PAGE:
How to Distinguish Between a Blockchain and a Database?
Till now, we have discussed enough the basics of blockchain and the technique behind it. A database being functioned on the World Wide Web often uses a client-server system architecture.
A user with permissions granted to access his/her account can change entries that are saved on a centralized server. By altering the ‘master copy’ whenever users try to access a database via their computers, they are provided with the updated version of the database entry. Access to the database remains with administrators, offering access and permissions to be managed by a central authority.
This process is not similar to that of a blockchain
For a blockchain database, every participant manages, calculates as well as updates new entries into the record, i.e., database. All nodes function together to come to the same conclusion altogether, offering inbuilt protection for the network system.
The consequences of this distinguishing factor are that blockchains are perfect as a system of record for specific functions, while a centralized database is appropriate for other purposes.
Blockchains allow various parties who do not trust each other to share information without including a central administrator. Transactions are accomplished by a network of users working in a consensus mechanism so that everyone generates the same shared system of record at the same time.
The value of decentralized access is that it entirely removes the risks of centralized power. With a centralized database, anybody having enough access to that system can corrupt or destroy the data within. This makes users be relying on the administrators.
Some of the administrators have earned the trust put in them for most of the part. People’s money is not acquired by banks that record the money they keep in private databases. And, there is a reason why some of the people still prefer centralized control. Centralized control can be a specialty and a reason for being.
But, that also represents the restrictions that come up with control, like a bank, has to spend billions of dollars to keep these centrally kept databases from being corrupted by hackers. If the central administrators we’re putting our trust in, to keep our information secure, fail in this regard, then we fail too.
Most of the centralized databases store information, which is up-to-date at a particular moment. They, more or less, are basically a snapshot of a moment.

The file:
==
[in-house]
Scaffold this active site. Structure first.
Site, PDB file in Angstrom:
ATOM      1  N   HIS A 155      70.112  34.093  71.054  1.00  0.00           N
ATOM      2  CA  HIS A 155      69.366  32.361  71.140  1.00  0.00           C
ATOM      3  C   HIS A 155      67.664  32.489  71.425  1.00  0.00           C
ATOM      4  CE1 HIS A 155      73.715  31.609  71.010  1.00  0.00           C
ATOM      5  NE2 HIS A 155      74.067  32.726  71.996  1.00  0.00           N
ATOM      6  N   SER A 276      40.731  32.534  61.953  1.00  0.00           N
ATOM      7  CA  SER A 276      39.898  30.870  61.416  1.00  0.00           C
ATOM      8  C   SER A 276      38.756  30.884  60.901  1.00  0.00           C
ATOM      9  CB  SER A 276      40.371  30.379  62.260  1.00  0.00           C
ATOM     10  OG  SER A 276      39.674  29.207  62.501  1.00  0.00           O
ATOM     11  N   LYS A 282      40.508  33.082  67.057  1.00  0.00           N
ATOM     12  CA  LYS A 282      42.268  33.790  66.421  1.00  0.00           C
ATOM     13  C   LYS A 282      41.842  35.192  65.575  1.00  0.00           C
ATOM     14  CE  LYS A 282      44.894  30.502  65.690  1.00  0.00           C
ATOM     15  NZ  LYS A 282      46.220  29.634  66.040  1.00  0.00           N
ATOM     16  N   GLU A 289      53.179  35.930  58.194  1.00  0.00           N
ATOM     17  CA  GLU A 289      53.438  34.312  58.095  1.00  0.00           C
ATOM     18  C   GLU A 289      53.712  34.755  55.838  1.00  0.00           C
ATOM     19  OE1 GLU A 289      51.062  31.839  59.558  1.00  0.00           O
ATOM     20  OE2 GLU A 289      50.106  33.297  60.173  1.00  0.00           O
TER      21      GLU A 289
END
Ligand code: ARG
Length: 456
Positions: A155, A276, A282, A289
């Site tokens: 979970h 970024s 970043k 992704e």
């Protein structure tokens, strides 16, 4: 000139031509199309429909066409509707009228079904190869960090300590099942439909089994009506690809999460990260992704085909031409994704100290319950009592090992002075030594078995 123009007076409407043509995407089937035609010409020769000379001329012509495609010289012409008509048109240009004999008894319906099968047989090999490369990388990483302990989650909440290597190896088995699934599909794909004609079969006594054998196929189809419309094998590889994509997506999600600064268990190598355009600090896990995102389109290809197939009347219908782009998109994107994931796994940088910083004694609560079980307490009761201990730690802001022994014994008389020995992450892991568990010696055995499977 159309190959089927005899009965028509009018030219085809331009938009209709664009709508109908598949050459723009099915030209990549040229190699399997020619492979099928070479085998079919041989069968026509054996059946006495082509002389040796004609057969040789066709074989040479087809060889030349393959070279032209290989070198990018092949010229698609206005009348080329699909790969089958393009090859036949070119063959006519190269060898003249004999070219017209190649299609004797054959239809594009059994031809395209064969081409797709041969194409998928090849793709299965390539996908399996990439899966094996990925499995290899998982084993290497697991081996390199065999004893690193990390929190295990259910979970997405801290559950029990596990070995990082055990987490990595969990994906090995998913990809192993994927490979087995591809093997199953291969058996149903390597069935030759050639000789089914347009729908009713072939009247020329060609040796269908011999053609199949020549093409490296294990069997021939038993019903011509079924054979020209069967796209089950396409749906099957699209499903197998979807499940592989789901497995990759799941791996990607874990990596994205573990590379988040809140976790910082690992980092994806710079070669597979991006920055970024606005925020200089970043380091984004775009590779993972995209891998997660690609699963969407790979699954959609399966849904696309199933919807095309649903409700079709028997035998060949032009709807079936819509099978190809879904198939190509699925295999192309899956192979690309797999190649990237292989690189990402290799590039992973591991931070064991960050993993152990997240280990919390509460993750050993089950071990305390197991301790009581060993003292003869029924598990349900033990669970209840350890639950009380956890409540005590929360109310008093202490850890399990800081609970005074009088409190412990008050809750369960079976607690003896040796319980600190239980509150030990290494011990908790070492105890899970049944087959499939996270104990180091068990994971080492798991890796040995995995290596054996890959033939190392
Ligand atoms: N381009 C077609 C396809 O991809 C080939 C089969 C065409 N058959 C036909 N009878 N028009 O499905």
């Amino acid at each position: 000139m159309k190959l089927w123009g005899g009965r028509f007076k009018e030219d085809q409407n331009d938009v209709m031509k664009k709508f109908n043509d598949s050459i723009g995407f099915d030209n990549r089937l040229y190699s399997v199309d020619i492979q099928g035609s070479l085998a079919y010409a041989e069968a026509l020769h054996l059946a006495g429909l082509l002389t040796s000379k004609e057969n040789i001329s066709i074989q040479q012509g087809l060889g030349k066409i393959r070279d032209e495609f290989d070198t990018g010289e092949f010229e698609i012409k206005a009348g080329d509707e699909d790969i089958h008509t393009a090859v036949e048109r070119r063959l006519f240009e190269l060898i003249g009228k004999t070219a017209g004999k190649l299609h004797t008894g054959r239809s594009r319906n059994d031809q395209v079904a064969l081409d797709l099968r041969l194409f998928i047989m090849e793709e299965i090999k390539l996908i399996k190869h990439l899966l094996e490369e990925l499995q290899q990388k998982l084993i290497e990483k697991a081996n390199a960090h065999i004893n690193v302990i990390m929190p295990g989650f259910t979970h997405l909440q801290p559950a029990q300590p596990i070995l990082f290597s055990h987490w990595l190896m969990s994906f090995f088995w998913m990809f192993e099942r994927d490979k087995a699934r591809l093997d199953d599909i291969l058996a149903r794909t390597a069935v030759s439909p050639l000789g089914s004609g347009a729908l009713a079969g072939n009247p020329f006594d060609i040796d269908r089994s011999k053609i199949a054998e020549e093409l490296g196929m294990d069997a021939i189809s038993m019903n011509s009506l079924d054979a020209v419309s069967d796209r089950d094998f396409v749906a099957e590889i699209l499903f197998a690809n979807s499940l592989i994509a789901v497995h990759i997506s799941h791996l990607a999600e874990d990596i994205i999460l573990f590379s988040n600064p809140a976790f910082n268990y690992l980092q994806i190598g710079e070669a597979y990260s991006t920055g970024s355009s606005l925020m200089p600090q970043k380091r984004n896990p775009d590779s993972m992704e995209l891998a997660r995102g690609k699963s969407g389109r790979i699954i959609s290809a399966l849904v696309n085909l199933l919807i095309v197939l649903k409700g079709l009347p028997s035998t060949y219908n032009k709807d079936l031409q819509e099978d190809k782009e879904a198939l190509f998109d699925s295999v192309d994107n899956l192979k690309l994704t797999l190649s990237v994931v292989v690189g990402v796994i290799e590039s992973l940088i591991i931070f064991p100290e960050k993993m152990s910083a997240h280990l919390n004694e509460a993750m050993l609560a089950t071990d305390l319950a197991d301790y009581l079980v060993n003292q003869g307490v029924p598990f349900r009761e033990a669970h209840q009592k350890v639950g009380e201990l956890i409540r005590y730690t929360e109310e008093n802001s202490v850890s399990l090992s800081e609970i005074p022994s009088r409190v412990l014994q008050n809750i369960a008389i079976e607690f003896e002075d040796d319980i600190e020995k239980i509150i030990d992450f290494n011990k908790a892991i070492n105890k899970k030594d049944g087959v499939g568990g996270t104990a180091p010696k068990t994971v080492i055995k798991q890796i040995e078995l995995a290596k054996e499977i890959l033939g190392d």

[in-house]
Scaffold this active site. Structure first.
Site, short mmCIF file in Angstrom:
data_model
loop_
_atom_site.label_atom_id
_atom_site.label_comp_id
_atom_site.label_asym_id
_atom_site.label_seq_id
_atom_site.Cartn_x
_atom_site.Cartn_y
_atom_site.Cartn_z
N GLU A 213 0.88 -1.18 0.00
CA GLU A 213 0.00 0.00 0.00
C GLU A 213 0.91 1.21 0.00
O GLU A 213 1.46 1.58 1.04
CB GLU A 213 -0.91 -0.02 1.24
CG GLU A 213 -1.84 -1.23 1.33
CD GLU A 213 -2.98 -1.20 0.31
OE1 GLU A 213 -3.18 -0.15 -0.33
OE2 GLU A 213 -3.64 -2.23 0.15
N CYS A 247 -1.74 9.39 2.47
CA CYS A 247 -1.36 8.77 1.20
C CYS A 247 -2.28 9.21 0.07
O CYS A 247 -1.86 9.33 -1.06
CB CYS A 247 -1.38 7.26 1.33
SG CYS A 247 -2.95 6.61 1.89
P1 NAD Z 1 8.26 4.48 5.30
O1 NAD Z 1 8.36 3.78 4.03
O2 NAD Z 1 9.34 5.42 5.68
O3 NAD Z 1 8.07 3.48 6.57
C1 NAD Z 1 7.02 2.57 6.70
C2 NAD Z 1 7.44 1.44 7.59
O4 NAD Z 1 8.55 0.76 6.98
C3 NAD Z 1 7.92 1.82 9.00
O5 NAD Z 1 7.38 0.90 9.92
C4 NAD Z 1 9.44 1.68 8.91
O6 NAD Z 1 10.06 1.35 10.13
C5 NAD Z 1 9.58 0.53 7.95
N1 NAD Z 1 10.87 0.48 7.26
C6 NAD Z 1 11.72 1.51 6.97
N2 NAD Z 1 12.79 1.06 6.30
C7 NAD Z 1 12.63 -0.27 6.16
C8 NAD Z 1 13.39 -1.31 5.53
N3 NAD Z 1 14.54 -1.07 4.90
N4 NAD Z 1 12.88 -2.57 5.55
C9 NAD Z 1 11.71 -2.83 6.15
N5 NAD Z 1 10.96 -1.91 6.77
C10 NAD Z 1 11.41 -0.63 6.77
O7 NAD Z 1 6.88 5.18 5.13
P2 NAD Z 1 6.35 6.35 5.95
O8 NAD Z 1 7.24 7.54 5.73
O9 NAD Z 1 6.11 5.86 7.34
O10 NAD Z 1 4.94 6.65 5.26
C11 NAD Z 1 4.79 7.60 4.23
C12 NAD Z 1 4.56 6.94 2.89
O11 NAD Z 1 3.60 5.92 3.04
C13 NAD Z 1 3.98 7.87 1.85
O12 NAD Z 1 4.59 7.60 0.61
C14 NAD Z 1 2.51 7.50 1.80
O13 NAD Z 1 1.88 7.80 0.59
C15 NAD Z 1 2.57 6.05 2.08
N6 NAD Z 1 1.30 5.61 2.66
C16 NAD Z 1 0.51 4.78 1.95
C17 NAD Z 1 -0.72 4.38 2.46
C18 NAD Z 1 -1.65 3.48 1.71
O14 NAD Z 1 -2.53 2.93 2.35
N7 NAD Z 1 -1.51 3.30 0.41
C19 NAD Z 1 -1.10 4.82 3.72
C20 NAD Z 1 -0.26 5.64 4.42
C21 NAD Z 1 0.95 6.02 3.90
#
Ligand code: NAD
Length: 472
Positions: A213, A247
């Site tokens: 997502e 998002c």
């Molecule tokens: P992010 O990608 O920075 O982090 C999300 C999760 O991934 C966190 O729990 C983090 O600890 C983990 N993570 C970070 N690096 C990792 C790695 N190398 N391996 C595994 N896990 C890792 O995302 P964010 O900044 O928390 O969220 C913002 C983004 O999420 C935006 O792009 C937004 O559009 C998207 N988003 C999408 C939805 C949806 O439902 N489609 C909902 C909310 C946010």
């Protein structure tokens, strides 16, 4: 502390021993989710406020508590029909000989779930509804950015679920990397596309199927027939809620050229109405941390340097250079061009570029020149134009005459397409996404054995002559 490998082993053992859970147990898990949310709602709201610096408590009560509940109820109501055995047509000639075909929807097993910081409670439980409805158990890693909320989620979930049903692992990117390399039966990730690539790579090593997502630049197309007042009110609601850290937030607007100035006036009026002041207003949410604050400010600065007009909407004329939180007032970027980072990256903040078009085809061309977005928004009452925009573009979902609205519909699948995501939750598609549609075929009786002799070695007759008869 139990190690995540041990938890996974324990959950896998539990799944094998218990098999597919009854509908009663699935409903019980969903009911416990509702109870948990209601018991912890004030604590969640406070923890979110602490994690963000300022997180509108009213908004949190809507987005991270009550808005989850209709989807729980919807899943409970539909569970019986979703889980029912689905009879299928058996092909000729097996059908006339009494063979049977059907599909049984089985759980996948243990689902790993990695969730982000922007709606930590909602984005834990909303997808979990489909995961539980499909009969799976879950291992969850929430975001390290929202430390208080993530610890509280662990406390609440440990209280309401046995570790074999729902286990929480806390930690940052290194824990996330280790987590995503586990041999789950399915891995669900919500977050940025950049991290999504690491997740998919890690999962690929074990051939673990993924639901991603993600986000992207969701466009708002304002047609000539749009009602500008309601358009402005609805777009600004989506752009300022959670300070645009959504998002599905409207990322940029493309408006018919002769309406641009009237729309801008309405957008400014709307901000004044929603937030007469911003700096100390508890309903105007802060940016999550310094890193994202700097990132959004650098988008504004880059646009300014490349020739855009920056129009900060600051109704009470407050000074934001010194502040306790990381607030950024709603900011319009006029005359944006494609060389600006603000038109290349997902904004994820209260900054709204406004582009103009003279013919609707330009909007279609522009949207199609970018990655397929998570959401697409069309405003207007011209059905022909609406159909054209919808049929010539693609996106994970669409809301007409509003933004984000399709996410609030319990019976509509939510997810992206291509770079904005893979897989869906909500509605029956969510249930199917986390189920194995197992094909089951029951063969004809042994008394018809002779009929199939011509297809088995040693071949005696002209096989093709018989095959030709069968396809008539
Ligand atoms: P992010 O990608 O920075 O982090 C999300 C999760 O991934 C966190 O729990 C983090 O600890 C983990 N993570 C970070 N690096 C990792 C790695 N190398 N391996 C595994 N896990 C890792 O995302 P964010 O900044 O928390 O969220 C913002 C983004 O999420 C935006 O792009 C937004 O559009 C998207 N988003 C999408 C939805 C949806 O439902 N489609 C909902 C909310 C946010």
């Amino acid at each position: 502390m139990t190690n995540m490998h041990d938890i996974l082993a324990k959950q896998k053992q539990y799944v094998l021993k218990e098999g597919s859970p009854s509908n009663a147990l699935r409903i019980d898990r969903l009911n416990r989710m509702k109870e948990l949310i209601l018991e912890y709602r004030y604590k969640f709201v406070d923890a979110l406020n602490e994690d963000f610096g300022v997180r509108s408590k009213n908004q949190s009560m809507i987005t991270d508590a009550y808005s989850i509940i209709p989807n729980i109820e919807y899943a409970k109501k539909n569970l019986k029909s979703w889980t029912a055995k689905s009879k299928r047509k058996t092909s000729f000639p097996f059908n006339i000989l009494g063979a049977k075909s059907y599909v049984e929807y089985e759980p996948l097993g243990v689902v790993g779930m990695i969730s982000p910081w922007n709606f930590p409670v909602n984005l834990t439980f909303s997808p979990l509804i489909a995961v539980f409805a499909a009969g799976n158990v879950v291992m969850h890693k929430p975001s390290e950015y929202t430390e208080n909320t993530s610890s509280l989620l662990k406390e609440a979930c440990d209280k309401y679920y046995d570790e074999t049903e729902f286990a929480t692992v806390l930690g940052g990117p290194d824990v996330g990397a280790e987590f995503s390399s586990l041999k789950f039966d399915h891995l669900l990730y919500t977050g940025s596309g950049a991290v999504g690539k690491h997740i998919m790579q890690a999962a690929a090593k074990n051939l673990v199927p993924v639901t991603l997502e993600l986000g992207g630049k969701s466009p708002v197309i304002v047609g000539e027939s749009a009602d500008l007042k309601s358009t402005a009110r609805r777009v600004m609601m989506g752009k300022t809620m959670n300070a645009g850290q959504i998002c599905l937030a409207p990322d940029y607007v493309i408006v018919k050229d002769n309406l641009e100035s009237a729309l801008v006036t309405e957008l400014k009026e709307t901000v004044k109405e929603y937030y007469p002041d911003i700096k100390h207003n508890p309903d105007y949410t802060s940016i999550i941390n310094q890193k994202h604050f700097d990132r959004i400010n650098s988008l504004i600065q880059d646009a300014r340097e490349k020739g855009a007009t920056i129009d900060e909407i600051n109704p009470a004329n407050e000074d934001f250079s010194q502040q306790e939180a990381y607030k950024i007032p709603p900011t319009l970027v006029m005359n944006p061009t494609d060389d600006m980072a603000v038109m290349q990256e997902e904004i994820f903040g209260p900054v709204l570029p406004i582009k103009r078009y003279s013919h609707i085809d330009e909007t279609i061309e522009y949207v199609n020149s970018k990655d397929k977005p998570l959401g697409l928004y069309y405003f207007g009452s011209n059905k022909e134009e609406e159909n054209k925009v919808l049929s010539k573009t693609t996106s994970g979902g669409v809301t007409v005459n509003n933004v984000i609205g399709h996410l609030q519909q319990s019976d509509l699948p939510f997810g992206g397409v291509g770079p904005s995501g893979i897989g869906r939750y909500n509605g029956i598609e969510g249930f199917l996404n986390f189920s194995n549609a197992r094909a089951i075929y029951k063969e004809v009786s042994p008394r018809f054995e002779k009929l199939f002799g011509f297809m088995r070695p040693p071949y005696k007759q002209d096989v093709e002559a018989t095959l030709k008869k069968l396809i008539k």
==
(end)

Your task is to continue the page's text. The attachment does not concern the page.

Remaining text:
Blockchain databases are not only capable of keeping information that is relevant to the current scenario, but also all the information related to the past. Blockchain technology can generate databases that own histories of themselves. They increase like ever-expanding archives of their own history at the time of providing a real-time information-portrait.
It is the expense needed to compromise or alter these databases that have led people to call a blockchain database unchangeable. It is also where we can begin to see the evolution of a database into a system of record.
While blockchains can be utilized as systems of record and are favored as transaction platforms, they are still considered slow as databases when compared to what can be done using digital transaction technology that we witness today with PayPal and Visa.
While there will for sure be improvements to this execution, the nature of blockchain technology needs some speed to be sacrificed. The way distributed networks are included in blockchain technology means they don’t share as well as compound processing capacity; they each individually service the system, then compare the results of their work with the other systems until there is a majority of opinion.
Whether centralized databases have been around for a long time, and have seen their performance grow in lock-step with a formula that has introduced to define innovation in the digital world: Moore’s Law.
Bitcoin is basically a write & read-uncontrolled database. That means anyone is allowed to add a new block to the chain, and also anyone can read a block in the chain.
A permitted blockchain, such as a centralized database, can be write and read-controlled as well. That means the network can be set up so that only permitted participants can write/add a block to the database or read it.
But, if privacy/confidentiality is the only aim, and trust is not a problem, blockchain databases have no benefit over a centralized database.
Hiding data on a blockchain needs lots of cryptography and an associated computational issue for the nodes existing in the network. There is no alternative to do this that is more efficient than just hiding the data entirely in a private database that does not even need network connectivity.